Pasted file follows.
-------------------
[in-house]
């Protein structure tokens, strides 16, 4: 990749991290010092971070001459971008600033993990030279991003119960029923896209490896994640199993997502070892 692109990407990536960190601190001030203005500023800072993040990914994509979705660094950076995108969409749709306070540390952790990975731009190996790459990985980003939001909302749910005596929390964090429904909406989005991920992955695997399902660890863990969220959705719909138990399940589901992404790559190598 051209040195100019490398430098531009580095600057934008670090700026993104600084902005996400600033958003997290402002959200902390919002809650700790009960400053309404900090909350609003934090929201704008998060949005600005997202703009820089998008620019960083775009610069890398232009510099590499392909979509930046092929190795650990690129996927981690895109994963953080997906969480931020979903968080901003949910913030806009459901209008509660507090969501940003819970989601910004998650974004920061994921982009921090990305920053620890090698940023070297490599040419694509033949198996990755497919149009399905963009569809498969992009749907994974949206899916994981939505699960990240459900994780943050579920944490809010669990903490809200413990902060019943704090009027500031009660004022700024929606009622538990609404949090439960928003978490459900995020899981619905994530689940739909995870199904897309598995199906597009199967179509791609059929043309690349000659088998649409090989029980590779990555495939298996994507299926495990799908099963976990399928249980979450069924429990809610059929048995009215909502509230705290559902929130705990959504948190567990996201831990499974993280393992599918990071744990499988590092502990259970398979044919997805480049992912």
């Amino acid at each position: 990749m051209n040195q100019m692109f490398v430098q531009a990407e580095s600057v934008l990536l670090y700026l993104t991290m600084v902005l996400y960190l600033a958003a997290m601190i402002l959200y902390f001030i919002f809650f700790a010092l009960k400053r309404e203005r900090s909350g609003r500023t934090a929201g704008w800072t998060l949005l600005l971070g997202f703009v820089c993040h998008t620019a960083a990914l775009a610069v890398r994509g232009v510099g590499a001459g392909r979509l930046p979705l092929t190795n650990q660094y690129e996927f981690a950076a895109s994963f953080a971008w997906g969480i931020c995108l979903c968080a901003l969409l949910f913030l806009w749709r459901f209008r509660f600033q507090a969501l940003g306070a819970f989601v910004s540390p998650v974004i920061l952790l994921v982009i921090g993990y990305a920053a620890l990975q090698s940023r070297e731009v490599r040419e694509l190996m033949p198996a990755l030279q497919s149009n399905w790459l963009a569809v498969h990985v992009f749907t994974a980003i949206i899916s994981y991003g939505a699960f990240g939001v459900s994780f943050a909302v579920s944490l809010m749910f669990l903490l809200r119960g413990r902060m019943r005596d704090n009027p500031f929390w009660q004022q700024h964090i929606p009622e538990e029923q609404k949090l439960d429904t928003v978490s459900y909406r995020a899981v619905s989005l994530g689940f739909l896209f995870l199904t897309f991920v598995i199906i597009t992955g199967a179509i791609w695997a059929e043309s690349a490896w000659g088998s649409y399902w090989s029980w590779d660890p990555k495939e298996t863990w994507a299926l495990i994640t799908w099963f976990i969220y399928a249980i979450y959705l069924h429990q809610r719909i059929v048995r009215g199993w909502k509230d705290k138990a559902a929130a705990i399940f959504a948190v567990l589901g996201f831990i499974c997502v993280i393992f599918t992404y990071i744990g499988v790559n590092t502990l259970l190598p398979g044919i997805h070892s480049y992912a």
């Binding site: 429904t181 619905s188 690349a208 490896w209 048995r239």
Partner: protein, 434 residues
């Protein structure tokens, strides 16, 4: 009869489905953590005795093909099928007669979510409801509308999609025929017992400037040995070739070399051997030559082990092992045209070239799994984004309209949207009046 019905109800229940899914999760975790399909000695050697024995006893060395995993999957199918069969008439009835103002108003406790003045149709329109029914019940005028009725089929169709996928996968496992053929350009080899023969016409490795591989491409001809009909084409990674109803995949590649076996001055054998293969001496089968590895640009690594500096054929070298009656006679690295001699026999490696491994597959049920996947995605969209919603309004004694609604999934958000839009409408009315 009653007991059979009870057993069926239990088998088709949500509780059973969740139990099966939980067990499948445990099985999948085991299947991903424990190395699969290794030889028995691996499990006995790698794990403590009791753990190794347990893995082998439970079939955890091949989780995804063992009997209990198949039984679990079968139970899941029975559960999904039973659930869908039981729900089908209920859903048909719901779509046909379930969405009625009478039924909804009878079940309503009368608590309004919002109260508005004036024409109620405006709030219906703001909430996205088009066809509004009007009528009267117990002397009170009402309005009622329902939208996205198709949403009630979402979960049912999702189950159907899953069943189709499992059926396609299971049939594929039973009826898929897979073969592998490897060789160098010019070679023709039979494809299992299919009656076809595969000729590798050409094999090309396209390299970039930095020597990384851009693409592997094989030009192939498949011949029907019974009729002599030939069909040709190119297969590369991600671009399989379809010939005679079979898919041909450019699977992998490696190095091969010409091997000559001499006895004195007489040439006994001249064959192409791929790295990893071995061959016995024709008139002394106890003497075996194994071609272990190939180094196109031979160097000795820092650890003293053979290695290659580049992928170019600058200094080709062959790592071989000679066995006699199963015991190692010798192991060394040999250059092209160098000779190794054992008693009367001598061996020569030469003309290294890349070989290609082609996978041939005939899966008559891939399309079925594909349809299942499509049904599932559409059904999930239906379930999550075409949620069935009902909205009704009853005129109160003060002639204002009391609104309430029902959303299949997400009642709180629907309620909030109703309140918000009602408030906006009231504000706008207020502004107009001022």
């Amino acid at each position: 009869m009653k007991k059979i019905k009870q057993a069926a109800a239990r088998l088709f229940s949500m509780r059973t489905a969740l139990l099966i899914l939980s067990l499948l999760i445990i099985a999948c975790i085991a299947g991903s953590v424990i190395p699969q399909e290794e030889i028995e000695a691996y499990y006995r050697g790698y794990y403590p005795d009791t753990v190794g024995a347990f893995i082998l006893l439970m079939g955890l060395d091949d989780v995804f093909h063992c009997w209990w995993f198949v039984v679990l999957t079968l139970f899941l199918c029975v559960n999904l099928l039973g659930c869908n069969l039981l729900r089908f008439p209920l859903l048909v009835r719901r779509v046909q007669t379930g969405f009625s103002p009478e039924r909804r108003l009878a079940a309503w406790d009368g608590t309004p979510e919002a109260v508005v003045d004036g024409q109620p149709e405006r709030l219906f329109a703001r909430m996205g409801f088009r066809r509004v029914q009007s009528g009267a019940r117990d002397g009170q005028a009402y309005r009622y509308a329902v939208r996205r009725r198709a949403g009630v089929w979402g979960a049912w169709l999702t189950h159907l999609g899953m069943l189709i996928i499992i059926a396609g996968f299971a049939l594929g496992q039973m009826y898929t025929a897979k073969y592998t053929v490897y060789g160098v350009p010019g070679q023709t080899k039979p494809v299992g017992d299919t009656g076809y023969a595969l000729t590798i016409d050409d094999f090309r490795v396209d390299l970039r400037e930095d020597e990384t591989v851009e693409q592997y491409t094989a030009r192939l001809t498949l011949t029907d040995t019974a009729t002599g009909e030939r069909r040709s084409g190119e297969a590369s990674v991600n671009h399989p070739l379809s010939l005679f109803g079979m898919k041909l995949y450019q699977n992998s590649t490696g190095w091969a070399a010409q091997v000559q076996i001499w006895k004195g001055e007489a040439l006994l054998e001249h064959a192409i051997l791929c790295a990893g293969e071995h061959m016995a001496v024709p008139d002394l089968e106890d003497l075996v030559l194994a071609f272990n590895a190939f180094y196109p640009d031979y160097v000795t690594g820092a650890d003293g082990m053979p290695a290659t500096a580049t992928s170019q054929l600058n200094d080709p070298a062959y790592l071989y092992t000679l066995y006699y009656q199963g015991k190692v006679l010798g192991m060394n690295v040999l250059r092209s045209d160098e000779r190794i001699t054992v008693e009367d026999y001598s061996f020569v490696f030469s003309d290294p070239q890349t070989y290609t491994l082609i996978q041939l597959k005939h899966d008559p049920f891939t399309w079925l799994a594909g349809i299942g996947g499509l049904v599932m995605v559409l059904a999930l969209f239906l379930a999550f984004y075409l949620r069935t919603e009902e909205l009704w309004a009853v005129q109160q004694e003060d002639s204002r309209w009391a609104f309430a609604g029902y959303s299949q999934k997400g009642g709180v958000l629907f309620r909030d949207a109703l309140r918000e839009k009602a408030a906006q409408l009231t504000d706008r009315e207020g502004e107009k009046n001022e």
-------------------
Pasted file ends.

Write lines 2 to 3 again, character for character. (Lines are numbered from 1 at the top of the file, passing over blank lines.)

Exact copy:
């Protein structure tokens, strides 16, 4: 990749991290010092971070001459971008600033993990030279991003119960029923896209490896994640199993997502070892 692109990407990536960190601190001030203005500023800072993040990914994509979705660094950076995108969409749709306070540390952790990975731009190996790459990985980003939001909302749910005596929390964090429904909406989005991920992955695997399902660890863990969220959705719909138990399940589901992404790559190598 051209040195100019490398430098531009580095600057934008670090700026993104600084902005996400600033958003997290402002959200902390919002809650700790009960400053309404900090909350609003934090929201704008998060949005600005997202703009820089998008620019960083775009610069890398232009510099590499392909979509930046092929190795650990690129996927981690895109994963953080997906969480931020979903968080901003949910913030806009459901209008509660507090969501940003819970989601910004998650974004920061994921982009921090990305920053620890090698940023070297490599040419694509033949198996990755497919149009399905963009569809498969992009749907994974949206899916994981939505699960990240459900994780943050579920944490809010669990903490809200413990902060019943704090009027500031009660004022700024929606009622538990609404949090439960928003978490459900995020899981619905994530689940739909995870199904897309598995199906597009199967179509791609059929043309690349000659088998649409090989029980590779990555495939298996994507299926495990799908099963976990399928249980979450069924429990809610059929048995009215909502509230705290559902929130705990959504948190567990996201831990499974993280393992599918990071744990499988590092502990259970398979044919997805480049992912």
């Amino acid at each position: 990749m051209n040195q100019m692109f490398v430098q531009a990407e580095s600057v934008l990536l670090y700026l993104t991290m600084v902005l996400y960190l600033a958003a997290m601190i402002l959200y902390f001030i919002f809650f700790a010092l009960k400053r309404e203005r900090s909350g609003r500023t934090a929201g704008w800072t998060l949005l600005l971070g997202f703009v820089c993040h998008t620019a960083a990914l775009a610069v890398r994509g232009v510099g590499a001459g392909r979509l930046p979705l092929t190795n650990q660094y690129e996927f981690a950076a895109s994963f953080a971008w997906g969480i931020c995108l979903c968080a901003l969409l949910f913030l806009w749709r459901f209008r509660f600033q507090a969501l940003g306070a819970f989601v910004s540390p998650v974004i920061l952790l994921v982009i921090g993990y990305a920053a620890l990975q090698s940023r070297e731009v490599r040419e694509l190996m033949p198996a990755l030279q497919s149009n399905w790459l963009a569809v498969h990985v992009f749907t994974a980003i949206i899916s994981y991003g939505a699960f990240g939001v459900s994780f943050a909302v579920s944490l809010m749910f669990l903490l809200r119960g413990r902060m019943r005596d704090n009027p500031f929390w009660q004022q700024h964090i929606p009622e538990e029923q609404k949090l439960d429904t928003v978490s459900y909406r995020a899981v619905s989005l994530g689940f739909l896209f995870l199904t897309f991920v598995i199906i597009t992955g199967a179509i791609w695997a059929e043309s690349a490896w000659g088998s649409y399902w090989s029980w590779d660890p990555k495939e298996t863990w994507a299926l495990i994640t799908w099963f976990i969220y399928a249980i979450y959705l069924h429990q809610r719909i059929v048995r009215g199993w909502k509230d705290k138990a559902a929130a705990i399940f959504a948190v567990l589901g996201f831990i499974c997502v993280i393992f599918t992404y990071i744990g499988v790559n590092t502990l259970l190598p398979g044919i997805h070892s480049y992912a």